By Alan Bailey
Have you ever imagined yourself standing on the centre riser of the Olympic podium, decorated with a gold medal and listening to the strains of your National Anthem? This is nearest that the overwhelming majority of people will ever get to gold and glory.
In my daydream I would love to come running into the stadium leading the field of marathon runners to the finish line.
For the real Olympic athletes, standing on that podium makes all the effort worthwhile – the sweat, the agony, the months and years of discipline. It is the ultimate.
Our measuring sticks
Popular thinking always places victory over rivals as the road to success. Our heroes are the winners. No question. To do well in the world means to come out on top, to make a fortune, to have your name on magazine covers, to match up with a dream partner. The alternative is being an also-ran or a failure.
This kind of thinking needs to be challenged. If not, disappointed people will abound, questioning the worth of their lives. Competitors returning from Rio without a medal may sink into despair. Millions who regret their education, their careers, their broken marriages, will have nothing to show, nothing to boast about.
Is competition wrong?
It's often said that competition itself is wrong. Fine for winners but devastating for losers.
I'm not convinced about that. It seems that competition is so much part of being alive that we will never avoid it unless we crawl under a rock and stay there.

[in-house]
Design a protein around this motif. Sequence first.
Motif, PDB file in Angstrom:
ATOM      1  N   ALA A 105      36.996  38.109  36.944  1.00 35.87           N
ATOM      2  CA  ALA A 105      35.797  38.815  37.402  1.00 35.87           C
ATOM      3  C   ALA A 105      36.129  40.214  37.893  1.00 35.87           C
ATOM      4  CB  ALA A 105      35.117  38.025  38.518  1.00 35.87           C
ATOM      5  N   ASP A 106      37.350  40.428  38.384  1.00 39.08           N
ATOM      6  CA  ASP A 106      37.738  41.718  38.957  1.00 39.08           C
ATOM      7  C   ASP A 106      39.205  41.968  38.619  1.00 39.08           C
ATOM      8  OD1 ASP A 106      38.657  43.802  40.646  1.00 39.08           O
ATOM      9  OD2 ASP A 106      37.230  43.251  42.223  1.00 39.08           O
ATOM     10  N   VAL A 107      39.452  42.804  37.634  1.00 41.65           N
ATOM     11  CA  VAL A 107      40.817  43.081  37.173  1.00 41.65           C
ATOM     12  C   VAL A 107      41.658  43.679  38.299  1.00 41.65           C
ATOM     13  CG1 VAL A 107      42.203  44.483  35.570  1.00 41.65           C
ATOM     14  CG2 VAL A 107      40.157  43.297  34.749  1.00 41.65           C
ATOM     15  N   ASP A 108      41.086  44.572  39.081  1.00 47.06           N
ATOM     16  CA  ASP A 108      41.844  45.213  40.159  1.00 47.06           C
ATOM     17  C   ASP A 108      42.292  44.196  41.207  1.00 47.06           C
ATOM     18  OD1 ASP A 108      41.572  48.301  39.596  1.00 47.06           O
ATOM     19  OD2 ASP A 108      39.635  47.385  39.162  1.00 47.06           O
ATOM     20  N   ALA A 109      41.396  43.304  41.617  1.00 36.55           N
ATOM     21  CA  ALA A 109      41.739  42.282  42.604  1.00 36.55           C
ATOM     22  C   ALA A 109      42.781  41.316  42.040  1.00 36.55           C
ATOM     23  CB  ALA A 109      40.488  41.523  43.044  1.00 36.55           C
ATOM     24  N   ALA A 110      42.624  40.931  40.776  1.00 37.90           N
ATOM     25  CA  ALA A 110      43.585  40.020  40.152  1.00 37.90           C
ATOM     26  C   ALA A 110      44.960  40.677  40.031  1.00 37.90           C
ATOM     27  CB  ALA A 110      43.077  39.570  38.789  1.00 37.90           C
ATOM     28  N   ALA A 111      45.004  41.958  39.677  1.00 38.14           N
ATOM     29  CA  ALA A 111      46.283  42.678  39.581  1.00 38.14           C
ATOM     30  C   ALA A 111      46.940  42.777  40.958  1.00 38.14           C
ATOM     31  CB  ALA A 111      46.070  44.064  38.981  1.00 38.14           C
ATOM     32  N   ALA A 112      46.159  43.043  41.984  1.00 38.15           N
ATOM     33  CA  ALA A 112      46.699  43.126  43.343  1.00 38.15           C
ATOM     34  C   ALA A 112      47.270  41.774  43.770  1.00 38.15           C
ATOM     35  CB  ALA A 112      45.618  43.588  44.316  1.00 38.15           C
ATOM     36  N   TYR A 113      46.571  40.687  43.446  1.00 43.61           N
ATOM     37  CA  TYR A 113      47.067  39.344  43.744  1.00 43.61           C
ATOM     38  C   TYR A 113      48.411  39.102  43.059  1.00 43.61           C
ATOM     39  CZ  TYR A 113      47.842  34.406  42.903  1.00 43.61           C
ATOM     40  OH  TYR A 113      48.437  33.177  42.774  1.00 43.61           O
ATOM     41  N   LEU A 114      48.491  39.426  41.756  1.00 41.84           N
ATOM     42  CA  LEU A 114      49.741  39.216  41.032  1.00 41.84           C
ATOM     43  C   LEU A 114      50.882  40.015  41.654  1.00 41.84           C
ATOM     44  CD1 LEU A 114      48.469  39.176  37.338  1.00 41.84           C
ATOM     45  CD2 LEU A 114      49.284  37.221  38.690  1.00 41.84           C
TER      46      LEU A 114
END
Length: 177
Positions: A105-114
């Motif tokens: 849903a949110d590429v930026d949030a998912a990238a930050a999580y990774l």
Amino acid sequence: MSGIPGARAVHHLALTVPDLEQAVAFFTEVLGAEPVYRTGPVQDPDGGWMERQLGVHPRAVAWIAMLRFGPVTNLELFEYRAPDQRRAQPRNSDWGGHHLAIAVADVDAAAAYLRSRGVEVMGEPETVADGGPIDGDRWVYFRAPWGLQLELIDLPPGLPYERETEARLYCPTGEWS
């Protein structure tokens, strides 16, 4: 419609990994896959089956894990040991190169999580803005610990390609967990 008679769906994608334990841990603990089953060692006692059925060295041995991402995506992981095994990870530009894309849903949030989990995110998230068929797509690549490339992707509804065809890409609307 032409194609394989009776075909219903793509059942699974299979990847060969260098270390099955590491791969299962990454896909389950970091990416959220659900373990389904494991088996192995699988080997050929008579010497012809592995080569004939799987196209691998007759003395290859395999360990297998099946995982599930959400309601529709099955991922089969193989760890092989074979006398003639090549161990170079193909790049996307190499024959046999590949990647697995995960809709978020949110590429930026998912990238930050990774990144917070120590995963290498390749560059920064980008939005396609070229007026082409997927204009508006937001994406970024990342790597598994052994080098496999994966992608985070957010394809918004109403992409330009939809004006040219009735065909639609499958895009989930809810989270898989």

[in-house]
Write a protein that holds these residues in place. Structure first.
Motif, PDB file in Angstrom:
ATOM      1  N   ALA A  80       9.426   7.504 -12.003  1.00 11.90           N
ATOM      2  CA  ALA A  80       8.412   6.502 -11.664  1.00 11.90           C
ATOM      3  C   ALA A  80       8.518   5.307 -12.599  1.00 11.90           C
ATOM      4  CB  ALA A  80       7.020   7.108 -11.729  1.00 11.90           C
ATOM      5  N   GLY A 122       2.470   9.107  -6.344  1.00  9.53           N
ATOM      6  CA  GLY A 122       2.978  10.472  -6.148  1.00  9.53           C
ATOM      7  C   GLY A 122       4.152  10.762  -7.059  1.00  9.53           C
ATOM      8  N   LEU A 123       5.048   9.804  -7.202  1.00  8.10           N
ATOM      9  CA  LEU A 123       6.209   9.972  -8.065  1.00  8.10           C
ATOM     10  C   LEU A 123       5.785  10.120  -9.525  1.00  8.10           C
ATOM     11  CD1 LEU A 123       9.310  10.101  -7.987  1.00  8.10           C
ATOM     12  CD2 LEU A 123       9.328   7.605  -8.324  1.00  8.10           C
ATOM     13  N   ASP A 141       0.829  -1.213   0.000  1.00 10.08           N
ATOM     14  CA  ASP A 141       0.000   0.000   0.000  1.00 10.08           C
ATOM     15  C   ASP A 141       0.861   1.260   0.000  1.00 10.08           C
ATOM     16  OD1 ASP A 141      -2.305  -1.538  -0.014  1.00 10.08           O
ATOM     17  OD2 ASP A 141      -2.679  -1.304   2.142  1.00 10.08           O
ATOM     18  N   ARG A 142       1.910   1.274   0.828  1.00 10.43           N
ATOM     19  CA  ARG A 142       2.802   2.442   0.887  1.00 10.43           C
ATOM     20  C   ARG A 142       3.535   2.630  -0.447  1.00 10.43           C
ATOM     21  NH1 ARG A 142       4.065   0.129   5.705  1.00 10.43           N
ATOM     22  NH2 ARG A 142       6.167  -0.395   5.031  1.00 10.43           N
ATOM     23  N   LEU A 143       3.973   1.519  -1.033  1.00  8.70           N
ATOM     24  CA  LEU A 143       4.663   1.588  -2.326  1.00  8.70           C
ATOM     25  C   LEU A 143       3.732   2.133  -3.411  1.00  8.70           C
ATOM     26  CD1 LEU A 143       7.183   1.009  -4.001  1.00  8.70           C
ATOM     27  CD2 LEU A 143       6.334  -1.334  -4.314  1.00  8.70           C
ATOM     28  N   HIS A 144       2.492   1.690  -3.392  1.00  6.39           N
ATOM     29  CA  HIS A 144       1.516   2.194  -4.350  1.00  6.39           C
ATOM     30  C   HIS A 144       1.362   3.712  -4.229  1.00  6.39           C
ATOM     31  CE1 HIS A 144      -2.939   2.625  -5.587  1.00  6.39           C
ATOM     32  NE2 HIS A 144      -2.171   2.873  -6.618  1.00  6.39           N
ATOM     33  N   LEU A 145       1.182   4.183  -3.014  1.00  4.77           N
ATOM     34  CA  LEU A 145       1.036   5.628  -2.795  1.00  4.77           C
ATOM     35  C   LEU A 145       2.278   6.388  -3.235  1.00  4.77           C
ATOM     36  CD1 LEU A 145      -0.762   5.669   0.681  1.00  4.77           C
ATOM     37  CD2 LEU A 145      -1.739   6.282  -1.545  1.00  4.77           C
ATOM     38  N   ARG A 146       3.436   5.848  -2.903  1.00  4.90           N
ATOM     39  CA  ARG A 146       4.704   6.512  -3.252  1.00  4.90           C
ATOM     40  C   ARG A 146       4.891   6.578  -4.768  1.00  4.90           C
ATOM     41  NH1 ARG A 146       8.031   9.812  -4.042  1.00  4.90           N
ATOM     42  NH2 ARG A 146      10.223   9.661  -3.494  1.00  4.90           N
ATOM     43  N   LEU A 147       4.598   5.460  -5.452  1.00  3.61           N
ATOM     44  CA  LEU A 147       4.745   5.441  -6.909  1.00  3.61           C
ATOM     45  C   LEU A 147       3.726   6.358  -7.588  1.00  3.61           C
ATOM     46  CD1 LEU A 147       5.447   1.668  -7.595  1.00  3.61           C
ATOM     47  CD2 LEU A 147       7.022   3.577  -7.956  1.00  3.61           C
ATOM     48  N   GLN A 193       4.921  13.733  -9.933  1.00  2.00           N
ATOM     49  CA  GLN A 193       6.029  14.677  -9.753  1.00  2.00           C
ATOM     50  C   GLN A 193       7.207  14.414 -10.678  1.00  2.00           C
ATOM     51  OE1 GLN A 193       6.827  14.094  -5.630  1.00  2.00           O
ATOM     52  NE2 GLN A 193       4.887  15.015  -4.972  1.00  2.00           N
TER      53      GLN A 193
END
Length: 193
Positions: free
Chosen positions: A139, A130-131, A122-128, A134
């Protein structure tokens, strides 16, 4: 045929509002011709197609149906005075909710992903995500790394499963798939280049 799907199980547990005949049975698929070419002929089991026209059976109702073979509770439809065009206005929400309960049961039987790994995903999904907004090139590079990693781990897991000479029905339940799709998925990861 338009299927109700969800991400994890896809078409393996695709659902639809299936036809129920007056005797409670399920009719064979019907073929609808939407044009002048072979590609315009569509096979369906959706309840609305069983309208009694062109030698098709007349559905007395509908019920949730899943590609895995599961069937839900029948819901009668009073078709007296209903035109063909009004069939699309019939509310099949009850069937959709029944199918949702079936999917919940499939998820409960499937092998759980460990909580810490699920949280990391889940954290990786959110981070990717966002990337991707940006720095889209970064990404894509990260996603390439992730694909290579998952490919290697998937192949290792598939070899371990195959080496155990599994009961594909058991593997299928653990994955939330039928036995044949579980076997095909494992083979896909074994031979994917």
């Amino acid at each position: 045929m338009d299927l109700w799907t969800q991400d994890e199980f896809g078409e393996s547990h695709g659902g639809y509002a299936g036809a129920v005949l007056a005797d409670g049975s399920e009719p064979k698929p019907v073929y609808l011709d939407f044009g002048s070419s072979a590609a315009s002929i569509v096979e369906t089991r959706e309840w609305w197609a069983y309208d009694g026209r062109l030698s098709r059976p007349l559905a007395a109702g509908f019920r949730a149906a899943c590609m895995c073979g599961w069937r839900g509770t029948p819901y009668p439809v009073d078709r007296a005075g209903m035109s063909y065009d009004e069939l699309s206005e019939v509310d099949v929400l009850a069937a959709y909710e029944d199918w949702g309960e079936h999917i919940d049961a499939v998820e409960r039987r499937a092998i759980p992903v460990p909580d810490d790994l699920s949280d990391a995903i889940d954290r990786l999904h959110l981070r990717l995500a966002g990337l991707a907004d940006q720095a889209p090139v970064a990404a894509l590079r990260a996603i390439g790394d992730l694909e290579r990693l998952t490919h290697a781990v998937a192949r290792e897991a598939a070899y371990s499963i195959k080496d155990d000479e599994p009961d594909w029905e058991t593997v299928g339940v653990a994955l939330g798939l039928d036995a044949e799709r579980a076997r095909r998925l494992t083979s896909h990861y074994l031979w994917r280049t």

Competition can bring about great achievements and act as the enemy of laziness and sloth. Learning to be a gracious loser builds good character.
Of course, there is a level of dog-eat-dog competition which is not healthy. Rivals are despised, others seen as less than human. Crime and injustice are the fruits of this twisted sense of values.
More than gold
Perhaps the most successful people are unknown and unsung. Our way of thinking about success has blinded us to the things of true and lasting value.
People who are faithful, honest, pure, kind, considerate and loving don't hit the headlines for being that way. In our world, they look old-fashioned, even a bit naïve.
As for possessing what is valuable, what price would you place on forgiveness of sin and peace with God?
He offers us eternal life as a gift and fellowship with Himself and His Son, Jesus Christ. Now we are talking about things infinitely worthwhile. All bought with the price of the precious blood of Jesus, shed for sinners.
The offer is to all. Rich or poor, successful or unsuccessful. We can be rich in the right sense of the word. We make our choice.?